Summary: Are marriages made in heaven?
The German philosopher and scholar, Moses Mendelssohn (1729-86), was born a hunchback. Despite this deformity, which could have soured him on life forever, Mendelssohn was known as a wise and humble man.
While on a trip to Hamburg as a young man, Mendelssohn met a rich merchant who had a beautiful, young daughter, Frumtje. The young man fell hopelessly in love with her. She too was mature beyond her years, and despite his obvious physical defect, she was attracted to his gentleness, his charm, and his brilliant mind.
Mendelssohn stayed several weeks in Hamburg, spending much of his time with this lovely girl he had fallen in love with at first sight. When it finally came time to leave, he worked up enough nerve to speak to her father. It was either that or lose her forever.
The rich and powerful merchant hesitated for a long time. Mendelssohn finally asked him to speak his thoughts frankly.
"Well," said the older man, "you are known throughout Germany as a most brilliant young man. And yet... I must tell you my child was a bit frightened when she first saw you."
"Because I am a hunchback?"
Sadly, the merchant nodded.
Downcast, but not defeated, Mendelssohn asked only one last favor - the privilege of seeing her once more before he left. Admitted to her room, he found her busy with needlework. He spoke at first of various matters, then carefully and gradually, he led the conversation to the subject that was nearest to his heart. "Do you believe, that marriages are made in heaven?”
"Yes," she said, "for that is our faith."
"And it is true," he said gently. "Now let me tell you about something strange that happened when I was born. As you know, at a child’s birth, according to our tradition, they call out in heaven that the birth has occurred. And when it is a boy, they announce, ’Such and such boy will have this or that girl for a wife.’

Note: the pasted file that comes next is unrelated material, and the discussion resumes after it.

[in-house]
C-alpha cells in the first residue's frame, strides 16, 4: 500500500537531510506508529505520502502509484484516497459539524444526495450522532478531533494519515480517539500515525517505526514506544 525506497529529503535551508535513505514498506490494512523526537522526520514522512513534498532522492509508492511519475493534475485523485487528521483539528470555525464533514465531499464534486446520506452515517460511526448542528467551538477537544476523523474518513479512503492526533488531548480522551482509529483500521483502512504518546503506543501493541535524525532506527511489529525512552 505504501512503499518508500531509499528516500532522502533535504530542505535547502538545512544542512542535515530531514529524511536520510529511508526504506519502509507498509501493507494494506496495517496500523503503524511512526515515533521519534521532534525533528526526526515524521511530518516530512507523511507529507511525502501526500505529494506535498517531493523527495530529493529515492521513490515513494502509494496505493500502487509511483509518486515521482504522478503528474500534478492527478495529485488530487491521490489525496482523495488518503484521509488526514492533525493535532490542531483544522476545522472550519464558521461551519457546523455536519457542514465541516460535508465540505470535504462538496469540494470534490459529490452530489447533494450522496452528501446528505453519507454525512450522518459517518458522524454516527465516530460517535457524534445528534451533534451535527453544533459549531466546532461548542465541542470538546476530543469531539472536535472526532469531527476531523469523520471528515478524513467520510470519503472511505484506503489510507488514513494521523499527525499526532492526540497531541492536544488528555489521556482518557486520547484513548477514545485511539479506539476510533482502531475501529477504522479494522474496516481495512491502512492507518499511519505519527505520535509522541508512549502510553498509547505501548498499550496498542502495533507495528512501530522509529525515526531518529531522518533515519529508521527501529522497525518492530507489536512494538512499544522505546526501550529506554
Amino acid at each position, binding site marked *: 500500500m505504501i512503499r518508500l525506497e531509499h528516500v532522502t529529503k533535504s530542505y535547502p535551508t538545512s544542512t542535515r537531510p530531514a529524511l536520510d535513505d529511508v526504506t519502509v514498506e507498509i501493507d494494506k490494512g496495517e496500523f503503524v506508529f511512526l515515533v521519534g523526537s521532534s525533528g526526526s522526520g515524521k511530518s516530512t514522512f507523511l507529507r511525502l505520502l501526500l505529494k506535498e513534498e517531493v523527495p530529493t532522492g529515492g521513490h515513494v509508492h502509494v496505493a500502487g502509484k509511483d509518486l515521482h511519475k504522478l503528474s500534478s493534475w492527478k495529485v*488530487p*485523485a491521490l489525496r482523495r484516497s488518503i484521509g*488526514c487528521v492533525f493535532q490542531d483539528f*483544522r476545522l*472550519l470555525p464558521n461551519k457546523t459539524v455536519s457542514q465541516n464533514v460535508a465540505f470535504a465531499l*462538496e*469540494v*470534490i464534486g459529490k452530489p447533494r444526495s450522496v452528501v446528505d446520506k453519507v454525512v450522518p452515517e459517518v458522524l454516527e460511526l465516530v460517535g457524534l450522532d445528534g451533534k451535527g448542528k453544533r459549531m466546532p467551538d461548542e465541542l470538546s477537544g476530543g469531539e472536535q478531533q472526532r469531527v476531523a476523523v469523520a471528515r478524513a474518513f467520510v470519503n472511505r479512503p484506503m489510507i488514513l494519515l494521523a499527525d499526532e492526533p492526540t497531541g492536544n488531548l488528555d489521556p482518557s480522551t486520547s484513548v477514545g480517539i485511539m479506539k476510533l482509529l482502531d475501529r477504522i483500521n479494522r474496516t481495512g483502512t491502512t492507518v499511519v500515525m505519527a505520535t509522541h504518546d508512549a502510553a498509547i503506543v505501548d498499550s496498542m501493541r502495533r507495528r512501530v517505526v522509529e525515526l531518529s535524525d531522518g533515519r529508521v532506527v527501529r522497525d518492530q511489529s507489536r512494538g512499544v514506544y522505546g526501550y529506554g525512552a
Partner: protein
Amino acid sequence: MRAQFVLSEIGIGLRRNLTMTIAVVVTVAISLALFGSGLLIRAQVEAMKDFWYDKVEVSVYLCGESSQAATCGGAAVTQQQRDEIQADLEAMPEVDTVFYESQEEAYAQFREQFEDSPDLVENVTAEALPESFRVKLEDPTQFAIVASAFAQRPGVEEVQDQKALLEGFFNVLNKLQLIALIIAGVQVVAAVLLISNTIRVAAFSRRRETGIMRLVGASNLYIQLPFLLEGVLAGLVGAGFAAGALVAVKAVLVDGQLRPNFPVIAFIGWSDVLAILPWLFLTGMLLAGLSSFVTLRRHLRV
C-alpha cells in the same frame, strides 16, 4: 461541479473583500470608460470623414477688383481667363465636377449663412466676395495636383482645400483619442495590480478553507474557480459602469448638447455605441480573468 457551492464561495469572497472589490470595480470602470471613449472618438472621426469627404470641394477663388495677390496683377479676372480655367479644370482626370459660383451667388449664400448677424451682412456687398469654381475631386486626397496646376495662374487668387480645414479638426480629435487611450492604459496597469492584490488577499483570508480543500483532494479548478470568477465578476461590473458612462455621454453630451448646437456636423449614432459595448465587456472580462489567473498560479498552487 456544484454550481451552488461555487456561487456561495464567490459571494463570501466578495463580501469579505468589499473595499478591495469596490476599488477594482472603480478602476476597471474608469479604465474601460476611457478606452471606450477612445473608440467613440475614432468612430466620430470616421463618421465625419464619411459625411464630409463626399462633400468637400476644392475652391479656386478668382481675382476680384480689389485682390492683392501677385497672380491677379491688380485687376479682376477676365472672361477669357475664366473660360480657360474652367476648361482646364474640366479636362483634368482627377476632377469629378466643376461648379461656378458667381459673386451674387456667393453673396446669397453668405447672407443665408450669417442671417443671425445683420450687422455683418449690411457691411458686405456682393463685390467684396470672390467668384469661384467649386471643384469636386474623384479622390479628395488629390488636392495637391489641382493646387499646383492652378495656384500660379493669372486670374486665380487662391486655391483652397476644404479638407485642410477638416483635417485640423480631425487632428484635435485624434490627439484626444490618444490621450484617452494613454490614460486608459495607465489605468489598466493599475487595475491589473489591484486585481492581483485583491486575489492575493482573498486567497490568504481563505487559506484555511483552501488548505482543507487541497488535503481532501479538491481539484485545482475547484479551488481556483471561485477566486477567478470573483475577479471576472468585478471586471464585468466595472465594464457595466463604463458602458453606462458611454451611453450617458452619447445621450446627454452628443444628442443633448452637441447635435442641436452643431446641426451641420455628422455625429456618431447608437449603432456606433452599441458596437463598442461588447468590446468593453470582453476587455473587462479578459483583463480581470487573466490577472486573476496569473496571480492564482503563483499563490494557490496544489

"Well, there I was, just born, and I heard the name of my future wife announced. At the same time, I heard the great far off voice say, ’Unfortunately, the poor little girl, Frumtje, will have a terrible hump on her back.’ Quick as a flash, I cried out, ’O Lord God, if a girl is hunchbacked, she will grow up bitter and hard. Please give her hump to me and let her develop into a well-formed lovely, and charming young lady.’"
She married him and they lived a long and fruitful life together.
APPLY: Now that is one romantic story, and a true story - BUT… Are marriages really made in heaven? Is there someone out there who is picked out for each of us from our birth? In 1995, 85% of young adults age 18 to 24 said they believe every person has a perfect match. In other words, they were saying they believed that their potential for a happy marriage had been pre-arranged.
BUT is that a Biblical teaching? Is that what Scripture tells us… Not as far as I can tell. The idea that marriages are made in heaven sounds romantic, it sounds comforting and it’s obviously very appealing to people, but with the exception of Adam & Eve there is little evidence that God has ever “made” one person for another.
However - as this story of Isaac & Rebekah illustrates – while marriages aren’t “made in heaven,” under the right circumstances God CAN and WILL help us pick out the right person for us or our children – the perfect match.
But what kind of circumstances would cause God to seek out this right one for us or our children?
I. The most obvious: God was at the center of this story.
ABRAHAM made his decision to send his servant back to Aram Naharaim because of a promise God had made years before:
"The LORD, the God of heaven, who brought me out of my father’s household and my native land and who spoke to me and promised me on oath, saying, ‘To your offspring I will give this land’— he will send his angel before you so that you can get a wife for my son from there.” (Genesis 24:7)
In other words, God had promised that Isaac would have children… SO, Isaac needed a wife. But the women of Canaan were not Godly women. That left Abraham with the belief that the best place to look seemed to be back in the land from which he came.
And then THE SERVANT counts on God to help him find this potential bride. He prays a very trusting and well thought out prayer:
"O LORD, God of my master Abraham, give me success today, and show kindness to my master Abraham. See, I am standing beside this spring, and the daughters of the townspeople are coming out to draw water. May it be that when I say to a girl, ‘Please let down your jar that I may have a drink,’ and she says, ‘Drink, and I’ll water your camels too’— let her be the one you have chosen for your servant Isaac. By this I will know that you have shown kindness to my master." (Vss. 12-14)